The Daily News waited until the final sentence of the article to say, “Darling, similarly, likely wasn’t thinking when he used the slur on the playoff broadcast, but the phrase is one that really needs to be retired from people’s vocabulary.” They know Darling did nothing remotely wrong, but wanted to get maximum mileage out of the faux controversy. And though they’re trying to let the former New York Mets pitcher off the hook at the end, they still claim he used a slur, which he didn’t.

Nothing at all happened, but then it got reported as a news story anyway because a few cretins on Twitter—the types constantly on the prowl for perceived social injustice—made a fuss in order to gain prestige among their in-group. They get rewarded for jumping quickly on something like Darling’s innocent comment with the immediate presumption that he’s guilty. Speed, not accuracy, is valued, because there’s no real punishment if they happen to be wrong. When this happens and they’ve maligned an innocent, they shrug it off and go in hunt of the next scalp—no apologies offered.

The media must recognize that the reactions of a handful of online status-seekers to various events isn’t newsworthy. This confers power upon them, and it misleads the public. Twitter’s not real life. It’s a site where there are no consequences, which means a small posse of idiots can ruin a person’s life, and then walk away without giving a hoot when it turns out they were wrong. This is exactly what happened to ESPN tennis announcer Doug Adler when, while calling the Australian Open last year, he referred to Venus Williams’ “guerilla” court tactics and a vicious mob ignorant about tennis thought he’d said “gorilla.” Nobody in the real world had any complaints, but ESPN listened to the fanatics and fired Adler out of cowardly fear its reputation would be damaged. Try getting another job after you’ve been publicly fired like that and Google searches falsely paint you as a racist.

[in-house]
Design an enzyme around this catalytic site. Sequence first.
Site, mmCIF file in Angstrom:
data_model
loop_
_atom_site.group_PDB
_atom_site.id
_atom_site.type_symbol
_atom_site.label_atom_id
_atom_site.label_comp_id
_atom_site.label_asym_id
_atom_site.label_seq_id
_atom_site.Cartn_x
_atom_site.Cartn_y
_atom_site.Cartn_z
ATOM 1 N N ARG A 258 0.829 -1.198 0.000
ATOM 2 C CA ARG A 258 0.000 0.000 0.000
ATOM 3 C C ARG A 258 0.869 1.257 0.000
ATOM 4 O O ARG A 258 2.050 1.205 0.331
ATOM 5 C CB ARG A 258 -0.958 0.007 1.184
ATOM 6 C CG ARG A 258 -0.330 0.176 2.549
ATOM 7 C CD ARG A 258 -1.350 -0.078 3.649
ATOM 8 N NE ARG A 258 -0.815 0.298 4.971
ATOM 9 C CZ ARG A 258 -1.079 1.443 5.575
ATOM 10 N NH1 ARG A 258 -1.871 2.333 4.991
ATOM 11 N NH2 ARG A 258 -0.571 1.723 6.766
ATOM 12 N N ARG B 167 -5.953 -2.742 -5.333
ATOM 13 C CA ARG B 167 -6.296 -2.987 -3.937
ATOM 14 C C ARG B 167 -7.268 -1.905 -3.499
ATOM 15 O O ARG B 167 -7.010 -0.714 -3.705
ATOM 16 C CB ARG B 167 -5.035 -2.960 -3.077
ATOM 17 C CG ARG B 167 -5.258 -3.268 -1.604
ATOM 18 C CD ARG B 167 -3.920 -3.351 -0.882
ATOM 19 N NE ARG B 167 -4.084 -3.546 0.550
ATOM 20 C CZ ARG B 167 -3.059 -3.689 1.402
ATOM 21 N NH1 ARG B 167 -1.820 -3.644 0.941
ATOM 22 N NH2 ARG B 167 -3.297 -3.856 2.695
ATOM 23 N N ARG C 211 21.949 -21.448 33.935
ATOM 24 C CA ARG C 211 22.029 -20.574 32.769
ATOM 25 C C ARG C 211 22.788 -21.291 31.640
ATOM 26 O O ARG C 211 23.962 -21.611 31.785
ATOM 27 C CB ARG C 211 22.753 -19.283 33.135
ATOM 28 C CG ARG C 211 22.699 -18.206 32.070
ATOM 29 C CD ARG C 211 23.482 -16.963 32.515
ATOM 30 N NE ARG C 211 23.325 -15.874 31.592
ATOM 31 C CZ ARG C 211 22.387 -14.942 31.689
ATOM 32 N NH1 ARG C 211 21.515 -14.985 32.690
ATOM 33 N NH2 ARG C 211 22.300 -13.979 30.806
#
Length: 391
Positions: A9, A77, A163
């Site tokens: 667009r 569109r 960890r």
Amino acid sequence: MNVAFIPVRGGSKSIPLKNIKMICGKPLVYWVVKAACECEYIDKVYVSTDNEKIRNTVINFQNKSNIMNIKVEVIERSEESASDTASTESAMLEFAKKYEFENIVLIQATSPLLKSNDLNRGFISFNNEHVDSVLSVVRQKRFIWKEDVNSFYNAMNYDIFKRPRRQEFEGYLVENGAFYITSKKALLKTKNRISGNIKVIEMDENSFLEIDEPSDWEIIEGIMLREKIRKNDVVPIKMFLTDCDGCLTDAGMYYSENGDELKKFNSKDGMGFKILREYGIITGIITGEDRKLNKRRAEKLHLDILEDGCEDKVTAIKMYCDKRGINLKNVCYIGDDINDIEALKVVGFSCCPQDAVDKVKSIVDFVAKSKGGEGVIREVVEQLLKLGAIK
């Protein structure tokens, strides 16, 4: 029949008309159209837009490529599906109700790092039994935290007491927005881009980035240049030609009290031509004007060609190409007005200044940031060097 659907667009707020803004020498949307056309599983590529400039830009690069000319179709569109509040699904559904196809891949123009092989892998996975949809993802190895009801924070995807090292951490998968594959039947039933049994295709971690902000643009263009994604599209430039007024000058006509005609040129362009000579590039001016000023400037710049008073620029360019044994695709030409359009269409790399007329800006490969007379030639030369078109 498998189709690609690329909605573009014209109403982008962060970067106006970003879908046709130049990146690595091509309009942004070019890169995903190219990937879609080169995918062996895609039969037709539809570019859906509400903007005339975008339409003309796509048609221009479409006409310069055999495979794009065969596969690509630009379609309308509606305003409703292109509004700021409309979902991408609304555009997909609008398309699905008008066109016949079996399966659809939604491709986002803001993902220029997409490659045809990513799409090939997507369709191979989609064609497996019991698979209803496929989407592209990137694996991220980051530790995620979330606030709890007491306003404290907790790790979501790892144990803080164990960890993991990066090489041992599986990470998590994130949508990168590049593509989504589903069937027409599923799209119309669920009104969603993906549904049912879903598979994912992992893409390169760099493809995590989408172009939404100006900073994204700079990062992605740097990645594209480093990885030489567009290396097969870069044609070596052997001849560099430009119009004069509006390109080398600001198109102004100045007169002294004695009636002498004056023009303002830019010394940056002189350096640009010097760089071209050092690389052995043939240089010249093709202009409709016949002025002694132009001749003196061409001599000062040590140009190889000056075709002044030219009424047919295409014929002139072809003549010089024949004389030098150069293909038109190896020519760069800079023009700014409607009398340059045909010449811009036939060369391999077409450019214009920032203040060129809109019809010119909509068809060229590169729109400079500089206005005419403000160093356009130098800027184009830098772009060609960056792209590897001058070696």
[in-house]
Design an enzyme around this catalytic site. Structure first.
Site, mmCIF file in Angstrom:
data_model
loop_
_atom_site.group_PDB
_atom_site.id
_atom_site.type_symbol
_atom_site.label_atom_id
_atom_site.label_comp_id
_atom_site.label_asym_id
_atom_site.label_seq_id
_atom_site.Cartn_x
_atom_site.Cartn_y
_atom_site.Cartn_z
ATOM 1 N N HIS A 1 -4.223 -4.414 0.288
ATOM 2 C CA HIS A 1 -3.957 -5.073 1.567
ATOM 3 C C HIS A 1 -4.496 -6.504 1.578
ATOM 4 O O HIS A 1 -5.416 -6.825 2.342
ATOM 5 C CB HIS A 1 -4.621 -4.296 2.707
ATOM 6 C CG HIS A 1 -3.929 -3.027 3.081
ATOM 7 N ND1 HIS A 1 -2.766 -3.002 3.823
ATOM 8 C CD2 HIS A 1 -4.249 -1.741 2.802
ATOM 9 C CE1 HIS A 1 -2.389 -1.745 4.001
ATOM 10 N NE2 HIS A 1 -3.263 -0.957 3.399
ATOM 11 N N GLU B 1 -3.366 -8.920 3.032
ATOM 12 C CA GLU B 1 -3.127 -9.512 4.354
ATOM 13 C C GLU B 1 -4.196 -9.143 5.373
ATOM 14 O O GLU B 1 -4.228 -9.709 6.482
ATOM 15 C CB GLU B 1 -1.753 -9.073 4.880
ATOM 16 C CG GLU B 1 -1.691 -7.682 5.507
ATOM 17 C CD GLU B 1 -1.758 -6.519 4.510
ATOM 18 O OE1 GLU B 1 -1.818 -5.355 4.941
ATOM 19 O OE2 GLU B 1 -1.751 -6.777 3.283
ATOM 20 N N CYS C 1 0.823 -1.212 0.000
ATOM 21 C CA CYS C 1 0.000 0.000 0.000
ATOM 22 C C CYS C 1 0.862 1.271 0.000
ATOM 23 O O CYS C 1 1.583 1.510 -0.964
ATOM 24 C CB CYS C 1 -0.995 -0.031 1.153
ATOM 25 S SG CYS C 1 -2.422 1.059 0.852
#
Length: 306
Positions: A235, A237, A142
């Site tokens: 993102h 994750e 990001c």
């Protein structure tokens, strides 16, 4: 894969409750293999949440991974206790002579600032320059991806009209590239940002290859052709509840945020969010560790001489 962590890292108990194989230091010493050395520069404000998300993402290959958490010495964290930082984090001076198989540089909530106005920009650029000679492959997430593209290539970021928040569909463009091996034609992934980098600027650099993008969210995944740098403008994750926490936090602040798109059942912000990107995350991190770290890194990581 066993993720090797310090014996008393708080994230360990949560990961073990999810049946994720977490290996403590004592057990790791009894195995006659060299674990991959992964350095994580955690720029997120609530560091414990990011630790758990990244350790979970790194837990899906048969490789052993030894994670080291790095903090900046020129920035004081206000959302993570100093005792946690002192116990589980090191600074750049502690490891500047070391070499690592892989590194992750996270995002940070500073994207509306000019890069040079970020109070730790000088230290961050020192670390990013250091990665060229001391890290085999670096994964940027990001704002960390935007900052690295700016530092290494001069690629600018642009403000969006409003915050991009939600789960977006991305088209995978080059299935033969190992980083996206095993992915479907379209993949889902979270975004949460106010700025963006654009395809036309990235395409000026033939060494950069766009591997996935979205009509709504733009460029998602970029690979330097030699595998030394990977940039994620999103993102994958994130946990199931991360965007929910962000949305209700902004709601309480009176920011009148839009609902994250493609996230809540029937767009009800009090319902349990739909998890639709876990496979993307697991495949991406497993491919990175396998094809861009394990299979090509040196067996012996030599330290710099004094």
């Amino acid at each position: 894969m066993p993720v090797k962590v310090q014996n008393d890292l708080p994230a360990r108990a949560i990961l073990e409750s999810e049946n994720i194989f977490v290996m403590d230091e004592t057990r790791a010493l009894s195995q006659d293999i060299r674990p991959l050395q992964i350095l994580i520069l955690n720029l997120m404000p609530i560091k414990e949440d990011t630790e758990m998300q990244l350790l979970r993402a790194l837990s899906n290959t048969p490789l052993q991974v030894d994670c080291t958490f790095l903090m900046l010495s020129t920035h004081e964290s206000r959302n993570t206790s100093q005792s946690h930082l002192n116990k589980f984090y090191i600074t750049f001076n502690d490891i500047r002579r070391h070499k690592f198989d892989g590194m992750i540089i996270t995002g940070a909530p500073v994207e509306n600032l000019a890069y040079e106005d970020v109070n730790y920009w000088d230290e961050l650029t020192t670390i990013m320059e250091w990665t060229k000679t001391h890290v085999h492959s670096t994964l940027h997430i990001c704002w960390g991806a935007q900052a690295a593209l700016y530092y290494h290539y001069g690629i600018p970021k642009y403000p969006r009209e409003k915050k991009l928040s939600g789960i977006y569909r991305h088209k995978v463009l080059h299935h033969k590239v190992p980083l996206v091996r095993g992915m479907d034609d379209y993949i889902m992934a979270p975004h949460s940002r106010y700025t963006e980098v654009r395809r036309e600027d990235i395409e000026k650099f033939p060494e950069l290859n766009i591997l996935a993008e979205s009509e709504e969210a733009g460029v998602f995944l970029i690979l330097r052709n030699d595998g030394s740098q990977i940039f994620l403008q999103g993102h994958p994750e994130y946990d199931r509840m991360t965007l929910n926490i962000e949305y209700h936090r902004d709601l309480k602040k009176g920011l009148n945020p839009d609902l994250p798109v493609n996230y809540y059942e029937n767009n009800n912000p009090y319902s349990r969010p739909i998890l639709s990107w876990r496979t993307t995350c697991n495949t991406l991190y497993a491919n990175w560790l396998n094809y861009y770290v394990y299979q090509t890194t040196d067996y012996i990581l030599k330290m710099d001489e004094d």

ESPN plumbed the depths of craven corporate behavior by forcing the innocent Adler to apologize, and then surprising him with a pink slip. Perhaps the sports network will come to regret this when Adler’s lawsuit against it goes to court next week. ESPN has to be concerned about losing millions, because it doesn’t have a leg to stand on in court. The TBS honchos who made Ron Darling apologize are cowards too. They’re giving power to the headhunting online mobs and adding to the divisiveness of the nation by trying to gin up a blip into a controversy.

If the TV networks are going to make the Ron Darlings and the Doug Adlers of the broadcasting world apologize for offending 30 Twitter goofballs, then it’s their responsibility to present their announcers with a list of words and phrases that are prohibited on-air. These people are under pressure to respond to events intelligently, right in the moment. They don’t have time to edit their words in order to make sure that the Daily News can’t spin it dishonestly for clickbait. Forcing them to grovel with an apology, even though they’ve broken no corporate rules, is an act of disloyalty towards loyal employees.